India’s abortion law puts women at riskBMJ 2015; 350 doi: https://doi.org/10.1136/bmj.h3294 (Published 25 June 2015) Cite this as: BMJ 2015;350:h3294
- Nikhil Datar, consultant in obstetrics and gynaecology, Cloudnine Hospitals and Lifewave Hospital, Mumbai, India
“Why does the law not allow me to terminate this pregnancy?” a woman asked me in my clinic. She was 22 weeks pregnant, and ultrasonography had shown that the fetus had anencephaly. It was another frustrating moment for me. The Medical Termination of Pregnancy Act, India’s abortion law, allows termination of pregnancy until only 20 weeks’ gestation. But international organisations working on ethics and reproductive rights strongly support women’s right to terminate their fetuses irrespective of gestational age if they are diagnosed as having severe abnormalities.1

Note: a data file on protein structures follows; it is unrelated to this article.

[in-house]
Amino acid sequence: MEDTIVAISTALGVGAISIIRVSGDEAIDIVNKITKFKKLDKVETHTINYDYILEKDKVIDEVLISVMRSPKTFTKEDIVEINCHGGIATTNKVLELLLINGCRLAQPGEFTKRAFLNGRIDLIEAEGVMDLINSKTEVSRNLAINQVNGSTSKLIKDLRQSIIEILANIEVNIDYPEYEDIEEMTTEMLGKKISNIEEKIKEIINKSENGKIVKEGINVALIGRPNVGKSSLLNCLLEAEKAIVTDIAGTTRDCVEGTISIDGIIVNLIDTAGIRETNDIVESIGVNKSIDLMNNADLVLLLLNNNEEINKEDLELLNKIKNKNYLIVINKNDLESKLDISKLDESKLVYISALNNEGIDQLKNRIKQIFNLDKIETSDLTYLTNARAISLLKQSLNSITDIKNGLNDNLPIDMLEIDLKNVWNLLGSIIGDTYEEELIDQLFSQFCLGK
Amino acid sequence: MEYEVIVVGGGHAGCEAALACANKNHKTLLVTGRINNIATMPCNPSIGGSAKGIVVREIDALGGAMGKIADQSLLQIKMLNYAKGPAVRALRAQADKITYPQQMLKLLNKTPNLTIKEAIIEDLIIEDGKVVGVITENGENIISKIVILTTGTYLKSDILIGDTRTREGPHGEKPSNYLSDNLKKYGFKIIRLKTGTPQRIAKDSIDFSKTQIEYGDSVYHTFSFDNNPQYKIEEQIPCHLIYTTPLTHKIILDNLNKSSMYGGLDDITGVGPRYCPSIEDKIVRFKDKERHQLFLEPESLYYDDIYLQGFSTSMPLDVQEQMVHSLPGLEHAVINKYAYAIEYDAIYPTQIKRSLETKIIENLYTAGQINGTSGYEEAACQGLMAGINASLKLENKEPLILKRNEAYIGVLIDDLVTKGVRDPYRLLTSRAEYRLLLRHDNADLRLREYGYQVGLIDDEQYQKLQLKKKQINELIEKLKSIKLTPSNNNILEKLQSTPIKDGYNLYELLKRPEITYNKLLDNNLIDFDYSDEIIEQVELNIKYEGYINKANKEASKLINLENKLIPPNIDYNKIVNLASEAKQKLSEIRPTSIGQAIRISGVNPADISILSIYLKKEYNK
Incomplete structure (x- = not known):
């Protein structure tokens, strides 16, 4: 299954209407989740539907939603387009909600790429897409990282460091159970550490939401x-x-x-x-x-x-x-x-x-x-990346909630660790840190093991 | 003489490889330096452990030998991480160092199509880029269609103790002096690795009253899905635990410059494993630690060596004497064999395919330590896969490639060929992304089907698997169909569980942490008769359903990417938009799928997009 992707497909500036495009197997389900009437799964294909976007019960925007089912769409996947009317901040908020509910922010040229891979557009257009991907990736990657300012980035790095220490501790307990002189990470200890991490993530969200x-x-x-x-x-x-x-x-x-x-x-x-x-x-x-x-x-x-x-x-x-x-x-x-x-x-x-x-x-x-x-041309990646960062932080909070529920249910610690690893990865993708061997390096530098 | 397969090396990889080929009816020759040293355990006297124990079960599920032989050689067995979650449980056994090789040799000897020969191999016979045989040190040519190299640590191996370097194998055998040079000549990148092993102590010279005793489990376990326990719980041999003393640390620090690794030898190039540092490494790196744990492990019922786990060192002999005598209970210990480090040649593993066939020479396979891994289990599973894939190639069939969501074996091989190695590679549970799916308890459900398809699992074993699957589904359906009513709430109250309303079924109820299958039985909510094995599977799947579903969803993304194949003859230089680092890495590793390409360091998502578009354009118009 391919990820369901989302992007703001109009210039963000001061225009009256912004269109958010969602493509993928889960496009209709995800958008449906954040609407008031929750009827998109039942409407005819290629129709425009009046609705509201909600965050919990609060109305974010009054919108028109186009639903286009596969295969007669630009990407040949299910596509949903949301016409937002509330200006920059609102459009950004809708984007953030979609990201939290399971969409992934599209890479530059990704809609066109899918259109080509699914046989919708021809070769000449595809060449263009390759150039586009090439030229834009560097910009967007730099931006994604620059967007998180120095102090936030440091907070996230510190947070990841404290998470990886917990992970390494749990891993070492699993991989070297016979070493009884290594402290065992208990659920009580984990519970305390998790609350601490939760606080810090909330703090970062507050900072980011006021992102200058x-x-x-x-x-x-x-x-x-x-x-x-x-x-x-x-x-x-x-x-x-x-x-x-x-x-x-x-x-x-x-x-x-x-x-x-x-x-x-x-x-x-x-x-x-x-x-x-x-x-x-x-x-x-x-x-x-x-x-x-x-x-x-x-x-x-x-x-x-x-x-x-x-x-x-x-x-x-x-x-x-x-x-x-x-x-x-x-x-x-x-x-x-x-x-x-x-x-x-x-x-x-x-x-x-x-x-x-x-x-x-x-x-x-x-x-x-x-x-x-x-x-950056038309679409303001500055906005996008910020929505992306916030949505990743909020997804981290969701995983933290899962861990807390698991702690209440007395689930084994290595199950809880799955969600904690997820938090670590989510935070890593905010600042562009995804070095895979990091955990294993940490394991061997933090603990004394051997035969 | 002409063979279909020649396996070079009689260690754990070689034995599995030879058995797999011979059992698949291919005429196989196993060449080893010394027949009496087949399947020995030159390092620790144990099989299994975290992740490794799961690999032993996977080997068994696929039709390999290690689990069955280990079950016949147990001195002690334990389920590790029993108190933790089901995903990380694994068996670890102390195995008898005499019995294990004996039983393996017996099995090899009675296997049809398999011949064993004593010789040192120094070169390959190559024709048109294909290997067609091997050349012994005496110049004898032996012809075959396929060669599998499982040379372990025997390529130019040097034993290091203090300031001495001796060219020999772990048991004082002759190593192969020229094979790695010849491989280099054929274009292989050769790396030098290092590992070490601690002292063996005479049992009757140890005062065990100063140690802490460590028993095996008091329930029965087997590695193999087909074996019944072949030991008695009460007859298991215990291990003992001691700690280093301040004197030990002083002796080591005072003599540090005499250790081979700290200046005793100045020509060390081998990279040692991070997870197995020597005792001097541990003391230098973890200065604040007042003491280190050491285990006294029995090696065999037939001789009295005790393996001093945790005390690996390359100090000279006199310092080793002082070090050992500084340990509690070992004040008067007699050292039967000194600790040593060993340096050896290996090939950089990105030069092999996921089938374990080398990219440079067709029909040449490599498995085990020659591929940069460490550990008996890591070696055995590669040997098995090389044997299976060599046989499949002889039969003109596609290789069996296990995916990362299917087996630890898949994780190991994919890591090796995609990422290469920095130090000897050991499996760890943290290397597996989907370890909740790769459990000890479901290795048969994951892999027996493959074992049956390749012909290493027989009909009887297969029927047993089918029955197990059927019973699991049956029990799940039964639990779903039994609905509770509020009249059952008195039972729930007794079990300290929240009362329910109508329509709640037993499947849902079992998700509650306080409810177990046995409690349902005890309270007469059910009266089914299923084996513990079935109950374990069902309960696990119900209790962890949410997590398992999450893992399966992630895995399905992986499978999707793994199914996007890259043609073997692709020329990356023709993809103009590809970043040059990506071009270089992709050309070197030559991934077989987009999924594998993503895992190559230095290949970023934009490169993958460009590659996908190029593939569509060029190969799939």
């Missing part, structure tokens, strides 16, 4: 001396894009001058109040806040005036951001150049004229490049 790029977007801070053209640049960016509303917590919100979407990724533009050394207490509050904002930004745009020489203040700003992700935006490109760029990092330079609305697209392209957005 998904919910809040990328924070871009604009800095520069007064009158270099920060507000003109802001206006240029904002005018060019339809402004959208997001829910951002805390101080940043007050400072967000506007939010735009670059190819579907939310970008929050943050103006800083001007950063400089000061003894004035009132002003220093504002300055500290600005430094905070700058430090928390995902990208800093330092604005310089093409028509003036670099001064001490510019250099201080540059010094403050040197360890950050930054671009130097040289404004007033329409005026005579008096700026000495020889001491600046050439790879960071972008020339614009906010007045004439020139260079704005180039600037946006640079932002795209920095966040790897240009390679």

The act was passed in 1971, thus legalising abortion in India. The Indian Penal Code made causing miscarriage or harm to an unborn fetus a criminal offence, but the act outlined a few exceptions and allowed medical practitioners to perform abortions under strict conditions.
Section three of the act allows termination of pregnancy by a doctor when the life of a pregnant woman is at immediate …
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